Tuesday, September 29, 2020

President Obama Heading to Mexico

Today President Barack Obama heads to Mexico City to meet with Mexican President Felipe Calderón before traveling to Trinidad and Tobago for the fifth Summit of the Americas. Obama will be the first American president to visit the Mexican capital since Bill Clinton did 12 years ago.

The meeting’s top issue will be drug violence and how the two countries can work together to strengthen Calderon’s efforts to fight drug cartels. On Wednesday, the Obama administration announced financial sanctions against members of three more Mexican drug cartels, categorizing them as “kingpins” under a law that permits the American government to seize their assets. In addition, yesterday Alan Bersin was named “border czar” to deal with the problems along the U.S.-Mexico border.

America’s border with Mexico spans more than 3,000 kilometers and drug-fueled violence along that border is a growing problem. Drug-related killings in Mexico’s northernmost states doubled last year to about 6,000, amid bloody battles between cartels and security forces.

Obama and his aides have been working hard to create a Mexico policy that has “shared responsibility” in combating the drug problem. Similarly to Secretary of State Hillary Clinton, the President is likely to acknowledge that Americans play a role in the illicit drug consumption and that weapons from the United States are finding ways to get into the drug traffickers’ hands.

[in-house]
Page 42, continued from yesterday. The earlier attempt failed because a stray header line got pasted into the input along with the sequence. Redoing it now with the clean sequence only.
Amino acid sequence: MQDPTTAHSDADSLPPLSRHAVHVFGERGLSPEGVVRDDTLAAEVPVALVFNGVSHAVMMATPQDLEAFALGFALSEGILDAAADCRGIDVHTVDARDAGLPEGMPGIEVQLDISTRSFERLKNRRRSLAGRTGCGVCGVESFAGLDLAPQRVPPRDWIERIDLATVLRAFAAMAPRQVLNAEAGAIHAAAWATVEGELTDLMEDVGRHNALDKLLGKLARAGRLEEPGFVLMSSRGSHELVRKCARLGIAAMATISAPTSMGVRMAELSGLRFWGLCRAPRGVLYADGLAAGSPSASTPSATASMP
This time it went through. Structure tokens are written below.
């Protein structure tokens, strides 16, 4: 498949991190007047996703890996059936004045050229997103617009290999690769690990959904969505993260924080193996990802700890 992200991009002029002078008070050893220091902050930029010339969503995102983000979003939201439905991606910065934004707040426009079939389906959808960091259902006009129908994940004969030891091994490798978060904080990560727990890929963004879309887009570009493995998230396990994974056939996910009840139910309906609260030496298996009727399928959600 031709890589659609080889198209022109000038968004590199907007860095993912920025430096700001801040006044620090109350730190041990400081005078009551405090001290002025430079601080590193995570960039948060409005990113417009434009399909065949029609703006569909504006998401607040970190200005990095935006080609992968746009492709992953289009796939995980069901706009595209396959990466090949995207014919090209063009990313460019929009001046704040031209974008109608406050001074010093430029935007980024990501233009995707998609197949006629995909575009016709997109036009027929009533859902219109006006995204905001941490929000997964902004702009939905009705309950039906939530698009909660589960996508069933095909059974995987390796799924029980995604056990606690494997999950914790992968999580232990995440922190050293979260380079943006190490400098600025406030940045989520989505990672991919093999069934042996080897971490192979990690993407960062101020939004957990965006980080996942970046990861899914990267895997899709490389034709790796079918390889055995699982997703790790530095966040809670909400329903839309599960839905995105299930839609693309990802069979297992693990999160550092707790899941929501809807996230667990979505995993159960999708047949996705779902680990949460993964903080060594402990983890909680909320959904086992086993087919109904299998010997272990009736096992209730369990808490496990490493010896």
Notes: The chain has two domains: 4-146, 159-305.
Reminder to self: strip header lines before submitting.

Obama says, “We have got to reduce the demand for drugs. We have got to do our part in reducing the flow of cash and guns south [to Mexico].”

Also likely on the agenda will be immigration reform. Yesterday the Pew Hispanic Center released a report stating that Mexicans now account for 32 percent of all immigrants in the United States. It is estimated that one of every 10 living persons born in Mexico now lives in the United States.

The president has described himself as “a strong proponent of comprehensive immigration reform,” saying he has met with the Congressional Hispanic Caucus “to try to shape an agenda that can move through Congress.”

Trade will also be a likely subject on the agenda. A pilot project allowing some Mexican trucks to make cross-border deliveries was recently suspended by U.S. Congress. An international arbitrator has ruled in Mexico’s favor, and Obama has acknowledged that the United States is in violation of its NAFTA obligations. Whether the issue will be resolved is unclear.

Voice of America

New York Times

NPR

UPI


Comments

  1. We are waiting for Obama, let´s see if his visit brings any REAL changes or if as I suppose things will continue as always